Still, it’s indicative of the stay’s notableness that neither of us would have been particularly surprised to see it up there – from the chic Chinoiserie-print staff uniforms (which I later learn are by Austrian designer Lena Hoschek) to the large Franz West mask sculpture in the marble stairwell (apparently a sarcastic commentary on the Viennese tendency to gawp –  and it’s hard not to when confronted by such an enormous pink face), it just feels, well, arty

Even the modest gym seems to have been stocked with design in mind; instead of hulking great plastic machines there’s a sleek wooden treadmill, static bike and water rower; a beautifully tiled sauna and steam room; and a bowl of green apples so obscenely perfect I’m scared to take one in case they turn out to be an installation.

The art theme continues upstairs, assuming you appreciate the sight of yourselves in the nude – rather than a bathroom, our Deluxe room boasts a large shower panelled in smoky mirrored glass which startles me on first use. (Thankfully, for us anyway, the loo is more discreet). Though not huge, the room has high ceilings and generously sized windows looking onto the busy pedestrianised Mariahilfer Strasse, offering excellent gawping opportunities, but letting in relatively little noise after the shops shut for the evening. 

Indeed, helped by the elegant cocktails at Chez Bernard bar on the seventh floor, I enjoyed the trippiest series of dreams during our stay – well, it was either the alcohol or the ghosts that haunt the tapestry-panelled walls to blame. With a history dating back to the 17th century, this building was briefly home to Johann Strauss, housed the Golden Cross Inn and French military during the Allied occupation, and – in a previous incarnation as the Hotel Kummer – was the setting for John Irving’s 1981 novel, The Hotel New Hampshire

Looking out from the roof terrace, which is open as a bar in warmer months, and as a self-service hangout for the rest of the year, the city’s history is hard to avoid. One of Vienna’s four Brutalist-leaning concrete flak towers is less than a five-minute walk away. Too big to safely demolish, it now houses the Haus des Meeres, with aquarium tanks and modest zoo enclosures (think rare Bavarian pine voles rather than lions) set over 11 stories, plus a bonus collection of wartime memorabilia, albeit with captions in German.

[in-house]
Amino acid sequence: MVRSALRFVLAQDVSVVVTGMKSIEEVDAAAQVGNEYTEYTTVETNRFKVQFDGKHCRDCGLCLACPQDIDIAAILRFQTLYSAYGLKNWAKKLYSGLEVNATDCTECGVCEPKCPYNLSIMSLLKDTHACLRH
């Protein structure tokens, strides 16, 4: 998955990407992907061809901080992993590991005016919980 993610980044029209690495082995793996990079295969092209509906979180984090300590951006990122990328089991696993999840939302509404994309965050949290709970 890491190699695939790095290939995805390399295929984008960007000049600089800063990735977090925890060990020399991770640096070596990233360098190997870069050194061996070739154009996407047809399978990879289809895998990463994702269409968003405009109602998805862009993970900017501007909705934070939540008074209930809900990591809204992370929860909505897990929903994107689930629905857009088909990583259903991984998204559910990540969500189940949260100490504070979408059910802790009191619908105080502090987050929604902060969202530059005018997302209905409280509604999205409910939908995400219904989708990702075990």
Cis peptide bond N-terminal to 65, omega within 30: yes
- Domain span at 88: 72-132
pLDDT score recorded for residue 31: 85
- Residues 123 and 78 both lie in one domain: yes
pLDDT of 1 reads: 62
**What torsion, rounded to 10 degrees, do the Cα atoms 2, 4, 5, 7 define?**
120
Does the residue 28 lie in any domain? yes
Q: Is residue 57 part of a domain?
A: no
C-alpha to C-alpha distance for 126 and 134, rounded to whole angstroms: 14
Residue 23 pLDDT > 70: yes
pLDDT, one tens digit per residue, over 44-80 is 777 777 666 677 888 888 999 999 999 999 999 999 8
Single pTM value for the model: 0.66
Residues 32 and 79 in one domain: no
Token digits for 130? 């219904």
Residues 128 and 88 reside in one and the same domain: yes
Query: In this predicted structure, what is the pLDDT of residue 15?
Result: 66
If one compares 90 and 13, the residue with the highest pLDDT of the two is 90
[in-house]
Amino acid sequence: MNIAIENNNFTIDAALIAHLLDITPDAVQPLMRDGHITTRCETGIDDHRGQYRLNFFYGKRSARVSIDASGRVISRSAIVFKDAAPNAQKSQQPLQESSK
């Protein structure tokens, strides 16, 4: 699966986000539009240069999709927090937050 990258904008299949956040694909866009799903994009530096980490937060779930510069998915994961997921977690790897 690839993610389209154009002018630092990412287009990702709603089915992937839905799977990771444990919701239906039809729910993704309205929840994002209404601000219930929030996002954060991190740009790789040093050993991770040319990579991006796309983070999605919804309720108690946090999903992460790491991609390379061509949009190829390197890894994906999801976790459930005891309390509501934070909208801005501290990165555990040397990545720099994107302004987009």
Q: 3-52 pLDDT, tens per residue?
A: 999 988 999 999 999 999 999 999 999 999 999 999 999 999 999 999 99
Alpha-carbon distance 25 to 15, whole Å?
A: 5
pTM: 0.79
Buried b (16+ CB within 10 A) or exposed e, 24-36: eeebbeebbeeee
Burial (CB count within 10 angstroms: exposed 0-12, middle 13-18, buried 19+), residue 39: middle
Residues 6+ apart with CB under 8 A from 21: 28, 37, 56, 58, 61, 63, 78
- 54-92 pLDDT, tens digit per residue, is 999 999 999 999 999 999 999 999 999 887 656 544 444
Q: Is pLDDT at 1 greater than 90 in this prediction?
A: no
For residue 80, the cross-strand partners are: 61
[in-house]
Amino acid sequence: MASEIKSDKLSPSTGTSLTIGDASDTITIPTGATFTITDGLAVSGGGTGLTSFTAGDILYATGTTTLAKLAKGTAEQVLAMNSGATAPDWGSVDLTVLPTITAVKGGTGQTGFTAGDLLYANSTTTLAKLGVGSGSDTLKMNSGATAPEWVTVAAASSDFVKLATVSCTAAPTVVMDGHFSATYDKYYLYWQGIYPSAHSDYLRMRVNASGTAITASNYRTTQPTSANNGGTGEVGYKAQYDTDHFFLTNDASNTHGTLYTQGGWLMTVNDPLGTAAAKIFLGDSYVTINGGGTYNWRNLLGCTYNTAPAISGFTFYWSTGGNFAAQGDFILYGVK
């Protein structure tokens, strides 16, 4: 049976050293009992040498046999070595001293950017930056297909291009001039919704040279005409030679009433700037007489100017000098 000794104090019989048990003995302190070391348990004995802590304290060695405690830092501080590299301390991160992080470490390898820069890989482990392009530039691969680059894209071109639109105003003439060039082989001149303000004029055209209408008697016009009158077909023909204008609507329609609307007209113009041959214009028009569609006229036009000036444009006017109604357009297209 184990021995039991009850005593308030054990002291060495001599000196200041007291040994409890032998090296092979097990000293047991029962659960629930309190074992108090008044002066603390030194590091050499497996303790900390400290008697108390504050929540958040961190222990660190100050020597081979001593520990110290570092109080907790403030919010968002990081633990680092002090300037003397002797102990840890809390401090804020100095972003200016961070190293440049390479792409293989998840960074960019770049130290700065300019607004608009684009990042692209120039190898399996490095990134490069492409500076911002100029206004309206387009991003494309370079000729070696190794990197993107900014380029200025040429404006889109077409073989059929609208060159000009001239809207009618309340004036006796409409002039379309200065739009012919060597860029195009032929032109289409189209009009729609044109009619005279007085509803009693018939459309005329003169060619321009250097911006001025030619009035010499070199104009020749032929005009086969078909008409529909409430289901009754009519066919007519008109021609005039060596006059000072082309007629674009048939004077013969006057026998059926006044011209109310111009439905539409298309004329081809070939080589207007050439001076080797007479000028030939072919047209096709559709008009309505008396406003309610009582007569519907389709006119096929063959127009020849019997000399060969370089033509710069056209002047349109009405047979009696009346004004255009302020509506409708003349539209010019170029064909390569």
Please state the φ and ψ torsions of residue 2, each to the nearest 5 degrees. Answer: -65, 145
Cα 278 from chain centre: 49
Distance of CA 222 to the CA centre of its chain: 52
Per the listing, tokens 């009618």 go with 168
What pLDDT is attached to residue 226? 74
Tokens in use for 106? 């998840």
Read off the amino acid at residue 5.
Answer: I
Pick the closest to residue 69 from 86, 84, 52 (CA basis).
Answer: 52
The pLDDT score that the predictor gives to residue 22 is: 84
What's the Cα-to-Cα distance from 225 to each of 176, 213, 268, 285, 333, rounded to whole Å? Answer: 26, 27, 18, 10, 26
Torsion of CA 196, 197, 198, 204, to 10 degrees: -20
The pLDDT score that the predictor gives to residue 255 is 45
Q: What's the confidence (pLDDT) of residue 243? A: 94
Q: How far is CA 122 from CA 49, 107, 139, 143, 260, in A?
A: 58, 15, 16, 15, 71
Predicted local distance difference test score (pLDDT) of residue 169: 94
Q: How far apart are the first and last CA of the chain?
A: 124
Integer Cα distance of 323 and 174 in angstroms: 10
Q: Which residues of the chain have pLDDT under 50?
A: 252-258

With no offence intended to the magnificently ugly Australian lungfish, most of our other outings from the hotel are more aesthetically pleasing – we tick off the soaring Gothic arches of the Stephanskirche, and both the Leopold and Albertina galleries. The latter’s Schieles and Klimts prove more to my taste than the glittering, but largely empty, state rooms of the Hofburg, former residence of the royal Habsburgs dynasty – though perhaps my distaste is due to memories of A-level history their name stirs up.

Most importantly – as well as gazing open-mouthed at the architecture of a capital that lost a fifth of its buildings to war bombs – we make time for edible art in the form of the viennoiserie-crafting practised in the city’s grand cafés. Mr Smith is sceptical about the precisely layered cakes, objecting that anything that looks so perfect is sure to be style over substance. But, ultimately, he finds himself won over by the Dobos torte, a Hungarian confection with stripes of sponge and chocolate buttercream, glazed with caramel, at the celebrated Demel salon, while I lose my heart to Café Landtmann’s chestnut-and-cherry torte.

Such places may feel like tourist traps, but boast their fair share of locals on shopping breaks, poring over that day’s Der Standard newspapers from the mahogany racks by the door. They’re also handy places for a late dinner on a rainy Sunday evening after a showing of iconic Vienna-set movie The Third Man at the Burg Kino, one of the oldest cinemas still in operation, still with deliciously low velvet seats to prove it. 

Of course, we then have to ride the Ferris wheel the film made famous, yet even the view from the top can’t beat that from the mid-century Rondell Café am Cobenzl; perched in vineyards high above the city, it serves hearty food with an all-Austrian wine list. It was recently refurbished by the Motto group, and breads and pastries come from the bakery below the hotel, which produces a strong contender for the best French-style croissants in town alongside kipferl, the chunkier local take. 

Hotel Motto guests, rejoice – both feature on the breakfast menu back at Chez Bernard (book ahead, particularly at weekends, as the views and food make this a hot venue for locals as well as guests), but you’ll follow your sweet tooth back for lunch and dinner too, to see the loveliest Viennese art of all – for what mere Klimt or Monet could live up to the beauty of a plump plum dumpling or hefty slice of speculoos cake?

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Price per night from $279.08